Just three months ago, the NTSB blasted the FAA’s inaction as unacceptable. “We are concerned that, if no action is taken to address this safety issue, we will continue to see such accidents in the future,” the agency wrote in March. “Since these recommendations were issued in April 2014, an additional 25 balloon accidents have occurred, resulting in four fatalities and 25 serious injuries.”

A spokesman for the FAA said the agency was unable to immediately provide information on any accidents, incidents or enforcement actions related to Heart of Texas Balloon Rides, which operated the balloon that crashed Saturday.

National Transportation Safety Board reports from the last 15 years in Texas did not show any accidents related to Heart of Texas Balloon Rides, though not all reports identified operating companies.

The company has D-plus rating from the Better Business Bureau, with most complaints coming from frustrated customers over weather-related cancellations and disputes over refunds. Throughout the company’s responses, company officials cited the need to keep customers safe in windy or otherwise adverse conditions.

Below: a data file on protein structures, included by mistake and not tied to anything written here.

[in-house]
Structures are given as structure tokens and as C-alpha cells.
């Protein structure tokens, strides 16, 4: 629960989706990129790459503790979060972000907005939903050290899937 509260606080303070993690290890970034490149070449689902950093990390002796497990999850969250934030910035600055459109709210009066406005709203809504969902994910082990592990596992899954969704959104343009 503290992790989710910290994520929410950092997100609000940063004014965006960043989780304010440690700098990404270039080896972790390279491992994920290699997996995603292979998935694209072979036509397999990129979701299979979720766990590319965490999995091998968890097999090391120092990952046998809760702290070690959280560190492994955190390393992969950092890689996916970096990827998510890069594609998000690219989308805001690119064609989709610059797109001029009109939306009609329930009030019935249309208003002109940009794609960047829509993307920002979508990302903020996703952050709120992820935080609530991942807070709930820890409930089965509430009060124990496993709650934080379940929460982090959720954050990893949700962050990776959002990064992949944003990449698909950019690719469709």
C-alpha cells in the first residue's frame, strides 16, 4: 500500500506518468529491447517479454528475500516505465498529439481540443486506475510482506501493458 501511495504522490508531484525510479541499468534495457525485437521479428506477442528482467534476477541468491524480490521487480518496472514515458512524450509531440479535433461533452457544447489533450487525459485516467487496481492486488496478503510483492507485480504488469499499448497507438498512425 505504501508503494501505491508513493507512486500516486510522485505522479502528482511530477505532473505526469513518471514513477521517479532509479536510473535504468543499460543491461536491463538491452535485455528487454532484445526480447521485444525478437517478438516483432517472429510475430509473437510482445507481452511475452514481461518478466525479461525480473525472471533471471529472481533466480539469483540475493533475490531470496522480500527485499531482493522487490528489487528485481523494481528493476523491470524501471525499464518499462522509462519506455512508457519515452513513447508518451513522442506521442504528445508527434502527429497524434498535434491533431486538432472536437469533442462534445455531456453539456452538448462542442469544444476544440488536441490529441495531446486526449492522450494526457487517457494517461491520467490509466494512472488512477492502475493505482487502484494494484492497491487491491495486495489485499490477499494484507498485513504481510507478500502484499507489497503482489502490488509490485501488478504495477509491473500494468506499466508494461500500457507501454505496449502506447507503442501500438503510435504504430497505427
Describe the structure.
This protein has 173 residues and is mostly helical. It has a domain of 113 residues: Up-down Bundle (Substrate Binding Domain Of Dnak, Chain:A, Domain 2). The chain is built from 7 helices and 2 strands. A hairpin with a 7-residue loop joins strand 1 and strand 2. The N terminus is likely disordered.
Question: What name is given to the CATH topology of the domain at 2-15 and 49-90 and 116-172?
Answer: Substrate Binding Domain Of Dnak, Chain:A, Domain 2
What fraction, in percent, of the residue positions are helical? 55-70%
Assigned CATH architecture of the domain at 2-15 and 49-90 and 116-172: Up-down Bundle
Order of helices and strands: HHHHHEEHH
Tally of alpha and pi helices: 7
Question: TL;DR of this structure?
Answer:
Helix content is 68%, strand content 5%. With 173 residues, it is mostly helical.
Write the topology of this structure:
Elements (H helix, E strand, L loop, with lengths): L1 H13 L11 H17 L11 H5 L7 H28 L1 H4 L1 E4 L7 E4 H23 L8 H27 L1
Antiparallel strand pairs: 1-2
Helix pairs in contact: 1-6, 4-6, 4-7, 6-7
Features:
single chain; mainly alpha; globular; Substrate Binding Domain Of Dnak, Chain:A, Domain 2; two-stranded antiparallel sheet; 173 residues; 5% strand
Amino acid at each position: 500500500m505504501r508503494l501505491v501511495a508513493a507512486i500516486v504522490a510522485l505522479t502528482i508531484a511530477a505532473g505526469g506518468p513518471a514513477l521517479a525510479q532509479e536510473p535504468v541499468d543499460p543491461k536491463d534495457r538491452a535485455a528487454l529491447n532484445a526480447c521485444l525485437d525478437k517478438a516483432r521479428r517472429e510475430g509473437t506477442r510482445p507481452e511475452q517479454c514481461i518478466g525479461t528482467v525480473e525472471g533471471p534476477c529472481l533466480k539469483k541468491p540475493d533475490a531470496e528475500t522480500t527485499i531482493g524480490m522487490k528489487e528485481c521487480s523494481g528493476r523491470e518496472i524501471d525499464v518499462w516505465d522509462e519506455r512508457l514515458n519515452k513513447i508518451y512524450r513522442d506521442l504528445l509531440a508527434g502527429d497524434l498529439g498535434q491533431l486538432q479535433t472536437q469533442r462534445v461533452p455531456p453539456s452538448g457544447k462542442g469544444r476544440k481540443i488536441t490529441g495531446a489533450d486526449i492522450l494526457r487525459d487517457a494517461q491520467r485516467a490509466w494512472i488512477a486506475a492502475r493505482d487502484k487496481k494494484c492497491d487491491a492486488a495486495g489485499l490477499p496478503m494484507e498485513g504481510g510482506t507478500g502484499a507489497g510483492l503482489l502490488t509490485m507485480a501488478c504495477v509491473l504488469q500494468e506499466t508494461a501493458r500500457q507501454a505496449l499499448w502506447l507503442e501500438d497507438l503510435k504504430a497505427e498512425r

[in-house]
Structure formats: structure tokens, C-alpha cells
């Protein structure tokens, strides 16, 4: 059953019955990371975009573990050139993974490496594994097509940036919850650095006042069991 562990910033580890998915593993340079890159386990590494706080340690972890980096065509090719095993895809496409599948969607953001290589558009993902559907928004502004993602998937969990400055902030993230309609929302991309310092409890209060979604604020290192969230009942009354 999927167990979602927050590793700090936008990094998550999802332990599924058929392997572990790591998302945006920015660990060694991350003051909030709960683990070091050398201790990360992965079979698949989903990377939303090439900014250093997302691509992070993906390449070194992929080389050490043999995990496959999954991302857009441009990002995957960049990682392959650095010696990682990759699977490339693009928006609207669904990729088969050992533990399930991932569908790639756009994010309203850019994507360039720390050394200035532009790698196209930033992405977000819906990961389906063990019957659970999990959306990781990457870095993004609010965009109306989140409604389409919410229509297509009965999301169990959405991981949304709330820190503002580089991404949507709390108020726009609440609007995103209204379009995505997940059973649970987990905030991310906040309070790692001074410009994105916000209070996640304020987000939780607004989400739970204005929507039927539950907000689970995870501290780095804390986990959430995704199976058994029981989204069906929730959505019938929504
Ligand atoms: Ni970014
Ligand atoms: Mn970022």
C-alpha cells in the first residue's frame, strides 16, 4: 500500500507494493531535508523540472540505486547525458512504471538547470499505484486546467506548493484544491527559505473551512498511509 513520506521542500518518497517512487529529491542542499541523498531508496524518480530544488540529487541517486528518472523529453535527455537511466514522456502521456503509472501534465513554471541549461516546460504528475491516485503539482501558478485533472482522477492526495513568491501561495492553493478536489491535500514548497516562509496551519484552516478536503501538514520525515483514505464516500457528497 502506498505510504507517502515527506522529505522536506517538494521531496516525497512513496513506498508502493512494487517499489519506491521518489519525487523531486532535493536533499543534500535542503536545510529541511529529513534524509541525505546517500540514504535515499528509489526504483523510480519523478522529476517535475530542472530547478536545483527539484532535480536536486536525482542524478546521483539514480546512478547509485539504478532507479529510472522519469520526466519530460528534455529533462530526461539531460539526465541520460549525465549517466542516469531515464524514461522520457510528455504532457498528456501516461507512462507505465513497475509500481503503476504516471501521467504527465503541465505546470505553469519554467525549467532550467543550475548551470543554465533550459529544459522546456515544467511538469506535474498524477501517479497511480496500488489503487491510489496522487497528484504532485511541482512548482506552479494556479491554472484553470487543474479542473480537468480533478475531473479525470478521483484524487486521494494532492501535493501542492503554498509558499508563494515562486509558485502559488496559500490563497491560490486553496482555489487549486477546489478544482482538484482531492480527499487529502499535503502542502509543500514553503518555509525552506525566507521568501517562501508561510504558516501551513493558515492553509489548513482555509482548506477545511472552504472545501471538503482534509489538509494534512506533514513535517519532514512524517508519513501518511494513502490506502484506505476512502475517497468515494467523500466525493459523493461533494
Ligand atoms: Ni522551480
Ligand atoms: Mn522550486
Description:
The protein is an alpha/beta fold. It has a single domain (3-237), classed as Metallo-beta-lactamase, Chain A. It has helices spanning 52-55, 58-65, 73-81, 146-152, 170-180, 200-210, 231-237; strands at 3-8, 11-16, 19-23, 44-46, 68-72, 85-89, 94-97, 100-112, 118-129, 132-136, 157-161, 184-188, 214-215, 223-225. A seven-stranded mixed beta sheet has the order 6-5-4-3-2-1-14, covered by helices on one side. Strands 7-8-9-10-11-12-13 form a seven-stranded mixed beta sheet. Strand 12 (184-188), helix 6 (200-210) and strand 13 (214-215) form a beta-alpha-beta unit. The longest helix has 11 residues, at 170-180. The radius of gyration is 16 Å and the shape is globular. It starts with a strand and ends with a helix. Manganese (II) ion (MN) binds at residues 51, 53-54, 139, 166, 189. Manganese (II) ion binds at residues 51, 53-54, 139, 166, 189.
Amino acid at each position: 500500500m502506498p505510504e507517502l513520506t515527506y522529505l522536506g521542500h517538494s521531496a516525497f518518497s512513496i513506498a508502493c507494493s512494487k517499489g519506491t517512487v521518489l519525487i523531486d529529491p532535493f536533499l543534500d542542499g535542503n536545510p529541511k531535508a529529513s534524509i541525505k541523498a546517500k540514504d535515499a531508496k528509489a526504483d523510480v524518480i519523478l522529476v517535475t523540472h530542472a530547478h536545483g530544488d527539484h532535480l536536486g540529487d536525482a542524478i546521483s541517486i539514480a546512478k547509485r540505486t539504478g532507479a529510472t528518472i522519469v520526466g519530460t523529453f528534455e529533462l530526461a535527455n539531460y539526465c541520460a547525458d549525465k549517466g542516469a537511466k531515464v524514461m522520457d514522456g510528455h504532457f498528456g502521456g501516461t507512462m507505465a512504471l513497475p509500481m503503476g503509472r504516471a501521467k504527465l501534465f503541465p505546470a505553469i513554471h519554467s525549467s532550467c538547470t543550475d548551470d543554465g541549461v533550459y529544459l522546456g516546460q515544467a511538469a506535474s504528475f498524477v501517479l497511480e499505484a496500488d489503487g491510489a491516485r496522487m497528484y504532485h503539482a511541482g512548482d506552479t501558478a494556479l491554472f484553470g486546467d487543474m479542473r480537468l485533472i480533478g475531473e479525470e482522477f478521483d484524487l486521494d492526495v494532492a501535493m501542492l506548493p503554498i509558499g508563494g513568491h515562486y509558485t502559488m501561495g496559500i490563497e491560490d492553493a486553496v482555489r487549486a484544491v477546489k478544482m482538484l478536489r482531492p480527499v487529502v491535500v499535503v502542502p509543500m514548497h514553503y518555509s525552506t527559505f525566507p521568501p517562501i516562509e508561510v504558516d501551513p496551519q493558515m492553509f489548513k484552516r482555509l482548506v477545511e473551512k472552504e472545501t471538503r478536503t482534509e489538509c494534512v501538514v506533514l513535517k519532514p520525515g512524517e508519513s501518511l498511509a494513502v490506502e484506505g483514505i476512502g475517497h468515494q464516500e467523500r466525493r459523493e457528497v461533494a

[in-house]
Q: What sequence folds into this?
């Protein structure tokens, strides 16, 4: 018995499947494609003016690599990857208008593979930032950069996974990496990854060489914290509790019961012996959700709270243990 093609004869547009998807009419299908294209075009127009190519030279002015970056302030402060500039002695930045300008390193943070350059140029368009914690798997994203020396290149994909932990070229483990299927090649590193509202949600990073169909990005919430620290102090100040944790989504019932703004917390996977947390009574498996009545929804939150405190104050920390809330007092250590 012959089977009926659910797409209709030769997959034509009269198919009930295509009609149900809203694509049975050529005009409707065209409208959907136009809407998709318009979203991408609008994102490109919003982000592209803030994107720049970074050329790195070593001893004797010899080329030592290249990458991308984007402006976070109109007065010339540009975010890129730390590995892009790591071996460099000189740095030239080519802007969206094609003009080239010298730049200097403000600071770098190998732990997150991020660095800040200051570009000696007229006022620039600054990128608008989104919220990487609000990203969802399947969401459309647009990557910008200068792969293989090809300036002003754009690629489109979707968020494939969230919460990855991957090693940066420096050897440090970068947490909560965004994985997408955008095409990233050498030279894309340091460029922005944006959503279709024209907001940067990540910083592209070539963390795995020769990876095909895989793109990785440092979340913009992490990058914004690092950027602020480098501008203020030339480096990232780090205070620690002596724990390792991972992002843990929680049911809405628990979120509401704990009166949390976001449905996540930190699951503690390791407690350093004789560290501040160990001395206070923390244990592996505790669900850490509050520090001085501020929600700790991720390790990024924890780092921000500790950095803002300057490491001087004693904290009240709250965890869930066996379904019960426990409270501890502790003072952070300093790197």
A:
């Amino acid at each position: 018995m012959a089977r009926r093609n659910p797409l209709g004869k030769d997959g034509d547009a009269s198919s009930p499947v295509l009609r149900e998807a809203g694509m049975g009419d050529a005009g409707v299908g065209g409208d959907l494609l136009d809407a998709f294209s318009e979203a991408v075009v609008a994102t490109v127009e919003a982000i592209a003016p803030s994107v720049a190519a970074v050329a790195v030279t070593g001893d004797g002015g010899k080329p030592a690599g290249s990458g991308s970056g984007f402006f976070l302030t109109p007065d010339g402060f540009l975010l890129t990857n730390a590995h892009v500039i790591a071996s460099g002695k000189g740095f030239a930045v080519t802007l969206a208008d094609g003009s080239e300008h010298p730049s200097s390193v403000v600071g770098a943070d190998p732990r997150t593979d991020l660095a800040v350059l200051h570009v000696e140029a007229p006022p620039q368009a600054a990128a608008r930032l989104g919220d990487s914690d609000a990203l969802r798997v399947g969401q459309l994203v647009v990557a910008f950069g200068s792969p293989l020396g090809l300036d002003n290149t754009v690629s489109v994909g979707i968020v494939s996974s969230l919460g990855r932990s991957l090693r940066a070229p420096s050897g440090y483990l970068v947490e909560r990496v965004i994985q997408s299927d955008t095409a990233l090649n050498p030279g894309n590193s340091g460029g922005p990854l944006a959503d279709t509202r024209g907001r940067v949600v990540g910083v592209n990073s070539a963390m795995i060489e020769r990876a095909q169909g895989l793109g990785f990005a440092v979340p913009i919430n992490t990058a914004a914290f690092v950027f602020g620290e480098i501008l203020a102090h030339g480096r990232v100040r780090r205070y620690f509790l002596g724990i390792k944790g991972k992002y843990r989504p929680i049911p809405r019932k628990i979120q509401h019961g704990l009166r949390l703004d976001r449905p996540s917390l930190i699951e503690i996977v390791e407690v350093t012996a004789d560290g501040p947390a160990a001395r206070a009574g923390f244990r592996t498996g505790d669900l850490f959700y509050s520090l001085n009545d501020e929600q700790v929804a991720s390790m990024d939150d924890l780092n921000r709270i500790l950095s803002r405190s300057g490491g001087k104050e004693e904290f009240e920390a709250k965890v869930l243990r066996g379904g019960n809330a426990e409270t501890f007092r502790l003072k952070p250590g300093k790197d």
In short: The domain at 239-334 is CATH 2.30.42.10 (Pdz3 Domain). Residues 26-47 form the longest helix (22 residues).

“It does take patience and persistence to go for a hot air balloon ride, as do all completely weather dependent outdoor activities,” the company wrote in November in response to a complaint. “No responsible hot air balloon ride business will ever jeopardize the passengers’ safety by flying in conditions which are unsafe. Safety is our absolute priority.”

In its 2014 letter to the FAA, the safety board found that a series of recent accidents revealed “operational deficiencies” in commercial air tour balloon operations such as operating in unfavorable wind conditions and the failure to follow flight manual procedures. The safety board said it was concerned the accidents were the “result of the current lack of oversight relative to similar airplane and helicopter air tour operations.”

THE FINAL MOMENTS: Witness says balloon was ‘barely moving’